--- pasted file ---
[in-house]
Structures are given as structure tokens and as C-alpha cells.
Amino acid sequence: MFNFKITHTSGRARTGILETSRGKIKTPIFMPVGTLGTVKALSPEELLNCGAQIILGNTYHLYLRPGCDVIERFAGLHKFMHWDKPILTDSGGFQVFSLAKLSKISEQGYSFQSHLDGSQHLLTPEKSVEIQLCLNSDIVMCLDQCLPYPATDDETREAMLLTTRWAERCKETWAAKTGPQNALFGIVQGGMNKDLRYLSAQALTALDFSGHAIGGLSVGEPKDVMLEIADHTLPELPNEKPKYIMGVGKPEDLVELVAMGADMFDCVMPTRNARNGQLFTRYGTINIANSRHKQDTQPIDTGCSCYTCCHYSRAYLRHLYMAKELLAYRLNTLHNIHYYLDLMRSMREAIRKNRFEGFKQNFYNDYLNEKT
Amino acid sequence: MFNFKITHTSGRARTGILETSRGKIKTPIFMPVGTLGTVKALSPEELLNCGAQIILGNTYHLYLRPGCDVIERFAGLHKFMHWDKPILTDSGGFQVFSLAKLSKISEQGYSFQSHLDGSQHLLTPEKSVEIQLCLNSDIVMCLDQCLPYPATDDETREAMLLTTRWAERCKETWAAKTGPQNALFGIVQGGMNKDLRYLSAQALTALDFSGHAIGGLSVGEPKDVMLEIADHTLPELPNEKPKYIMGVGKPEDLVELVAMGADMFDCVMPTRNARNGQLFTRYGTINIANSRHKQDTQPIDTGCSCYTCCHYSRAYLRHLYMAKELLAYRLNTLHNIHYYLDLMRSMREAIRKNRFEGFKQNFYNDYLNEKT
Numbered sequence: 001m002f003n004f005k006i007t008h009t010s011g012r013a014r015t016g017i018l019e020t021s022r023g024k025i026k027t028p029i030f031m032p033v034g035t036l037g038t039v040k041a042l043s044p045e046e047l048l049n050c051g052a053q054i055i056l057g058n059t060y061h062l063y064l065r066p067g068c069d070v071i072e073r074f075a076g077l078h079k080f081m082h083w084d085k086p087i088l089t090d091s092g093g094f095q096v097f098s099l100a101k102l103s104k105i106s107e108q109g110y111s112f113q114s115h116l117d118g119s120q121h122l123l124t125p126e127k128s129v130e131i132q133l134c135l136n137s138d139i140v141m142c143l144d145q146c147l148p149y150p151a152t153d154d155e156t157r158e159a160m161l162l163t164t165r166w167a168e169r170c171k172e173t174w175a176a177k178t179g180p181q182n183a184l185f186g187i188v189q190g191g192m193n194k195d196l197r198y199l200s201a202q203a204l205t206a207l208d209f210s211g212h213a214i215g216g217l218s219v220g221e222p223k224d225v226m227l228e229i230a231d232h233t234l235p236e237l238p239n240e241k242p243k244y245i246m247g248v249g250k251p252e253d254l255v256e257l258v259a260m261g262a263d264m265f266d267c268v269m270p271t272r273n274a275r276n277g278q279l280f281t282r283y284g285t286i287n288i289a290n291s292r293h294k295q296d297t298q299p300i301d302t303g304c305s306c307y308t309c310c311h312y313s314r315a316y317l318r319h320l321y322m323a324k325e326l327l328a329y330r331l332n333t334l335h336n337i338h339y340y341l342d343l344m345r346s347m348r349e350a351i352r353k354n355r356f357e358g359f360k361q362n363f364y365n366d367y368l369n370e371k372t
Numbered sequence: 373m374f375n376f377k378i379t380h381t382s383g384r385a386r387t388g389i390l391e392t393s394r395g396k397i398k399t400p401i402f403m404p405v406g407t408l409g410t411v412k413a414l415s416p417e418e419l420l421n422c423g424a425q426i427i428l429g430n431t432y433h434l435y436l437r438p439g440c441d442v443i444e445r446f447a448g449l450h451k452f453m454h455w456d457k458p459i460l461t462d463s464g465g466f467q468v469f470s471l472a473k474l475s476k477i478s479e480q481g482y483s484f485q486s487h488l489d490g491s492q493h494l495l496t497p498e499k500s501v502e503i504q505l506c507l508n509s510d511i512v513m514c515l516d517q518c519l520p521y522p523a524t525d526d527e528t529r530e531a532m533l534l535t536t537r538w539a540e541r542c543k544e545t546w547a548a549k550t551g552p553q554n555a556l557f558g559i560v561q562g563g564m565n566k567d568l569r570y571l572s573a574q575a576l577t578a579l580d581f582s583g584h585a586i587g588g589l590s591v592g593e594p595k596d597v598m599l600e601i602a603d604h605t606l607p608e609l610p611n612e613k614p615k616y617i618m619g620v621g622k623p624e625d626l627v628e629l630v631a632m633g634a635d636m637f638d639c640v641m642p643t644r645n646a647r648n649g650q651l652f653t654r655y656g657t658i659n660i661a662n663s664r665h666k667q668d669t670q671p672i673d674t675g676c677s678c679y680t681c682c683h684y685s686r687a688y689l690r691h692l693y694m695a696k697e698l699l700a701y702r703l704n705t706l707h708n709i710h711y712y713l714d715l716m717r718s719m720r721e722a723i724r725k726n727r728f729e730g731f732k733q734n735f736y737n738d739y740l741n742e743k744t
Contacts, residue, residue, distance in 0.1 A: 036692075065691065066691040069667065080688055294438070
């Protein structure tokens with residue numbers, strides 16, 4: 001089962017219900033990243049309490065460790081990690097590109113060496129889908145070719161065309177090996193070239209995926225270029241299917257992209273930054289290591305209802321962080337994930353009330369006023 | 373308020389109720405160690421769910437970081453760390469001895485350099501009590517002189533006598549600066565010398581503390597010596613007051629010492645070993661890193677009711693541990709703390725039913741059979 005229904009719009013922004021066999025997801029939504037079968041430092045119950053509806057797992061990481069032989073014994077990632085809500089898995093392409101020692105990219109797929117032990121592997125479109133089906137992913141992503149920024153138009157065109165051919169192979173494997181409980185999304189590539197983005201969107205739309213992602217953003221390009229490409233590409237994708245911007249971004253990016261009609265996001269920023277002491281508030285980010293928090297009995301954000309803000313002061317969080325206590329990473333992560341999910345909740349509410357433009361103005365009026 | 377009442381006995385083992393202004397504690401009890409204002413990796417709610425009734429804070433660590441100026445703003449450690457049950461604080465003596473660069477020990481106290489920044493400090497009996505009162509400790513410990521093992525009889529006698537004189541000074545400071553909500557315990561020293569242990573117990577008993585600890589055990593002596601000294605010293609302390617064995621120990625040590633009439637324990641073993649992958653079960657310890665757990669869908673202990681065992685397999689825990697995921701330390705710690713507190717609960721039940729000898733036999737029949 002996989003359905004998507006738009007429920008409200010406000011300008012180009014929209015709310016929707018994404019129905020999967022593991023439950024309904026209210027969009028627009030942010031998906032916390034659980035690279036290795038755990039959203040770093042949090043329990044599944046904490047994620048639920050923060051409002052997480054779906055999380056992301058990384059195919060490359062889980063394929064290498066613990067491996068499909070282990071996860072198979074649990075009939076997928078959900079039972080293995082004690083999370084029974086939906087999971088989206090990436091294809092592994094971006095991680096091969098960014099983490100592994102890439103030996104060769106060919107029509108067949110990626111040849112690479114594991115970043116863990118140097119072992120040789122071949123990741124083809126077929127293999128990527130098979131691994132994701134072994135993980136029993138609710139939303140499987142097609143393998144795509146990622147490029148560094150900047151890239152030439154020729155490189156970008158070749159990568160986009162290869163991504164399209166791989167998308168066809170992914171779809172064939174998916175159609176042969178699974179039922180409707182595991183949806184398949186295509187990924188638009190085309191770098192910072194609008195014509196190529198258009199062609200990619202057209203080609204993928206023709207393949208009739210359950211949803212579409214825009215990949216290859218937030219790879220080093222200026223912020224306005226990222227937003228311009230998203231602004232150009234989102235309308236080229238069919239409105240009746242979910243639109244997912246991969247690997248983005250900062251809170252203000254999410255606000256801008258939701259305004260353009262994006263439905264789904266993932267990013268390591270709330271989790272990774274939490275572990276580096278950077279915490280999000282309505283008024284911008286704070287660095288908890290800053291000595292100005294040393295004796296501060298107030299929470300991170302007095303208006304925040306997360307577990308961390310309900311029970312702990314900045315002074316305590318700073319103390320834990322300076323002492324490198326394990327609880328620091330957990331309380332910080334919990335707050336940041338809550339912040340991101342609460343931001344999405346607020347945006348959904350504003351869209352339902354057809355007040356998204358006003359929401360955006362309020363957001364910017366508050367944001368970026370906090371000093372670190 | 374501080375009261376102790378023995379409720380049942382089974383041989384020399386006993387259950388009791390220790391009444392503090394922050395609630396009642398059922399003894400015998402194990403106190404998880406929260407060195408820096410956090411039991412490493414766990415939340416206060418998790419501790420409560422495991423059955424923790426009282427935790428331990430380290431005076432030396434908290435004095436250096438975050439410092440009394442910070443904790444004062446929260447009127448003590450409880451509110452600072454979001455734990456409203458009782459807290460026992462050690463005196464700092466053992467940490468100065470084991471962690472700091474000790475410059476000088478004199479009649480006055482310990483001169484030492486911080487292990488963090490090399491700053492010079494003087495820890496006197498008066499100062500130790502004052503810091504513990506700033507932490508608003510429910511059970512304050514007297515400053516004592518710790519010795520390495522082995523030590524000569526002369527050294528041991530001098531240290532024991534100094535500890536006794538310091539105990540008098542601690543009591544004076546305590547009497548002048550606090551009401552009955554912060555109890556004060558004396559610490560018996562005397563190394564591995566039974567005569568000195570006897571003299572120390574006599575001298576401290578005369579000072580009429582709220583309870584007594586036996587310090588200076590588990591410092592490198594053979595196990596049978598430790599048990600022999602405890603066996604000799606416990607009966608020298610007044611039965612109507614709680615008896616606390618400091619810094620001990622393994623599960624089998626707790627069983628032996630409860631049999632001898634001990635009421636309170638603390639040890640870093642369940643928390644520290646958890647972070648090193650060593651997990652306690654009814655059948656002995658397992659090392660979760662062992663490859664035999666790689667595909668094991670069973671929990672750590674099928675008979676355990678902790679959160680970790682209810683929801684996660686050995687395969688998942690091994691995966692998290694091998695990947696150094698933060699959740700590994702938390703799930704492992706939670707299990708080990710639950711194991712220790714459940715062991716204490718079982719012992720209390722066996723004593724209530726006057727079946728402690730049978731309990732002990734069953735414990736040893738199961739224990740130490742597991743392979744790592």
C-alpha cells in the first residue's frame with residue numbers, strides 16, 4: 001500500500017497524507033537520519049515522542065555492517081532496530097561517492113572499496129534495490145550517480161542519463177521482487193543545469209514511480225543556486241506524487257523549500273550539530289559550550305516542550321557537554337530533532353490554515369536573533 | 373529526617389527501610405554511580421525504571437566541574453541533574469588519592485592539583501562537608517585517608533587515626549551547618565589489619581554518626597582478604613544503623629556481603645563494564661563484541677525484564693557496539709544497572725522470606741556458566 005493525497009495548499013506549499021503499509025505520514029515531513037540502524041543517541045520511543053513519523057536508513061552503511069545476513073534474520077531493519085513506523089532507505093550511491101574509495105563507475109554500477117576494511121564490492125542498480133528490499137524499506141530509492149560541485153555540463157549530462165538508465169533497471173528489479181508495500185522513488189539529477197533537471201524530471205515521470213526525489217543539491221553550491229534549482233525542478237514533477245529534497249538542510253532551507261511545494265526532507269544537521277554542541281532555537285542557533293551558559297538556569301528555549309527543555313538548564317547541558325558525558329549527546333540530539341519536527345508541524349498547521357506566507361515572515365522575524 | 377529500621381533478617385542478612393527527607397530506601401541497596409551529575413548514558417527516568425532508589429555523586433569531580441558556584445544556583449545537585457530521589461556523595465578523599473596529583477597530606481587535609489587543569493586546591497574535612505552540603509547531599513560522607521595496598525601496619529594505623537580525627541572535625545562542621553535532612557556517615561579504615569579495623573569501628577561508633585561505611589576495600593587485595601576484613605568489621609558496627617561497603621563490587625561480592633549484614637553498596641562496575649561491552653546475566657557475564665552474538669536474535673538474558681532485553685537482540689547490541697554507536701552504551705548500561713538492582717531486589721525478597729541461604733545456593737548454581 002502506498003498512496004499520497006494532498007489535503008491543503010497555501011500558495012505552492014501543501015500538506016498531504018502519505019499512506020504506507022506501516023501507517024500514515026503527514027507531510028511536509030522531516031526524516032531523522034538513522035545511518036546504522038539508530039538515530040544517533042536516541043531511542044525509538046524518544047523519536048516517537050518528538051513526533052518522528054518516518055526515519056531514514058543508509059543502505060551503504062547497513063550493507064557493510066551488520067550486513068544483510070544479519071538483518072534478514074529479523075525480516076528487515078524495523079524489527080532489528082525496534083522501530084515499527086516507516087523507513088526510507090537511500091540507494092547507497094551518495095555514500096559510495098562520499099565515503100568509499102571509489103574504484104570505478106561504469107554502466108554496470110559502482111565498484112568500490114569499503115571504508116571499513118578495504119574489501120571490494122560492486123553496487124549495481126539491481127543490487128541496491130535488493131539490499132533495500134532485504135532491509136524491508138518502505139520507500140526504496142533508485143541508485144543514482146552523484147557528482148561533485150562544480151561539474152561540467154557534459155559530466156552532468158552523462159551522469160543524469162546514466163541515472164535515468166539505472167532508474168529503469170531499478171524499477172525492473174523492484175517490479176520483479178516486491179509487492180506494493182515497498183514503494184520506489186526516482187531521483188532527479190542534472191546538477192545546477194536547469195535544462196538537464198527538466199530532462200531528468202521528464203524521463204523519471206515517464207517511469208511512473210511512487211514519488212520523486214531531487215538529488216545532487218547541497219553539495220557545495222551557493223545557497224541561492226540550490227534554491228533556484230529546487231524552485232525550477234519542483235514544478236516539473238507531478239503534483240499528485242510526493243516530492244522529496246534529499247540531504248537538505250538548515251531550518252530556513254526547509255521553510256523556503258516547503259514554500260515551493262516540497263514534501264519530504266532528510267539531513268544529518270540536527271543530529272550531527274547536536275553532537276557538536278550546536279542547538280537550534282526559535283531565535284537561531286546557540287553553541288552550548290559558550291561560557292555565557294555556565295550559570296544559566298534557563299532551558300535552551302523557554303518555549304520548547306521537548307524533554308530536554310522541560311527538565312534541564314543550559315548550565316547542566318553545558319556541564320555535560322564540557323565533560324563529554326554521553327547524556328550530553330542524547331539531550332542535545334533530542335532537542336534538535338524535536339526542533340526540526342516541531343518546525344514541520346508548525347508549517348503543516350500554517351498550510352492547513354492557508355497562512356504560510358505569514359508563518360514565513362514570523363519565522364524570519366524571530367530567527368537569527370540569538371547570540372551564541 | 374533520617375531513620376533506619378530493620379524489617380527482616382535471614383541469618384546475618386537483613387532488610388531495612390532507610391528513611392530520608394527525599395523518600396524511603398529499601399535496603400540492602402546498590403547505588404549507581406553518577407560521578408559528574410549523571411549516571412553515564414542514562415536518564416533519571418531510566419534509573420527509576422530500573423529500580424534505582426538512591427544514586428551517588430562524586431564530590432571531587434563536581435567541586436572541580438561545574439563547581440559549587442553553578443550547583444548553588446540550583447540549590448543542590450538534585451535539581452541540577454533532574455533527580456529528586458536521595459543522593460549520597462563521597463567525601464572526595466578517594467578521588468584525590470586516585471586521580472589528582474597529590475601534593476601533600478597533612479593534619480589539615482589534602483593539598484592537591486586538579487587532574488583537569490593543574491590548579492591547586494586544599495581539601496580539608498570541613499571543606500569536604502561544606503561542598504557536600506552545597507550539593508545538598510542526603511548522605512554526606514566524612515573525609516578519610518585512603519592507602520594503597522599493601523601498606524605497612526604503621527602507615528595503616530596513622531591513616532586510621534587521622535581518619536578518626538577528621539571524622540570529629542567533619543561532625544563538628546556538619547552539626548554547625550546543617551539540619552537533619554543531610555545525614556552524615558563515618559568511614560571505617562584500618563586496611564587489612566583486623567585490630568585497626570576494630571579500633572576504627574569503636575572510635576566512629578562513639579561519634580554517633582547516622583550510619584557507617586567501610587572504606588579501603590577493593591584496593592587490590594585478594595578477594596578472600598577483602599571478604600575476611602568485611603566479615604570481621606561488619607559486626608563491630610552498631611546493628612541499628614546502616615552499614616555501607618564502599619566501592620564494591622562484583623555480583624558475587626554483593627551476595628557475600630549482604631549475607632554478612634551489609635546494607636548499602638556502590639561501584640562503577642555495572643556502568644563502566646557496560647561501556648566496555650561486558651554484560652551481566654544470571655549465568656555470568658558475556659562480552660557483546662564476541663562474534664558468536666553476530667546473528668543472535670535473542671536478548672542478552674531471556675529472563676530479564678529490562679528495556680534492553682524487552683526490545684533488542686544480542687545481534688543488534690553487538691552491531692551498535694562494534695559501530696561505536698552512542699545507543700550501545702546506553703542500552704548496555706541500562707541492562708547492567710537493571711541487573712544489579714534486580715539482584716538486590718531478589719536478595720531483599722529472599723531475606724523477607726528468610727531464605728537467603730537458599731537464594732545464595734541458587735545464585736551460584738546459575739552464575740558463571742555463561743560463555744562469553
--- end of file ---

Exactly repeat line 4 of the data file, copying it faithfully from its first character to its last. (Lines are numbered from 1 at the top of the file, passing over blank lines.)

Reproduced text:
Amino acid sequence: MFNFKITHTSGRARTGILETSRGKIKTPIFMPVGTLGTVKALSPEELLNCGAQIILGNTYHLYLRPGCDVIERFAGLHKFMHWDKPILTDSGGFQVFSLAKLSKISEQGYSFQSHLDGSQHLLTPEKSVEIQLCLNSDIVMCLDQCLPYPATDDETREAMLLTTRWAERCKETWAAKTGPQNALFGIVQGGMNKDLRYLSAQALTALDFSGHAIGGLSVGEPKDVMLEIADHTLPELPNEKPKYIMGVGKPEDLVELVAMGADMFDCVMPTRNARNGQLFTRYGTINIANSRHKQDTQPIDTGCSCYTCCHYSRAYLRHLYMAKELLAYRLNTLHNIHYYLDLMRSMREAIRKNRFEGFKQNFYNDYLNEKT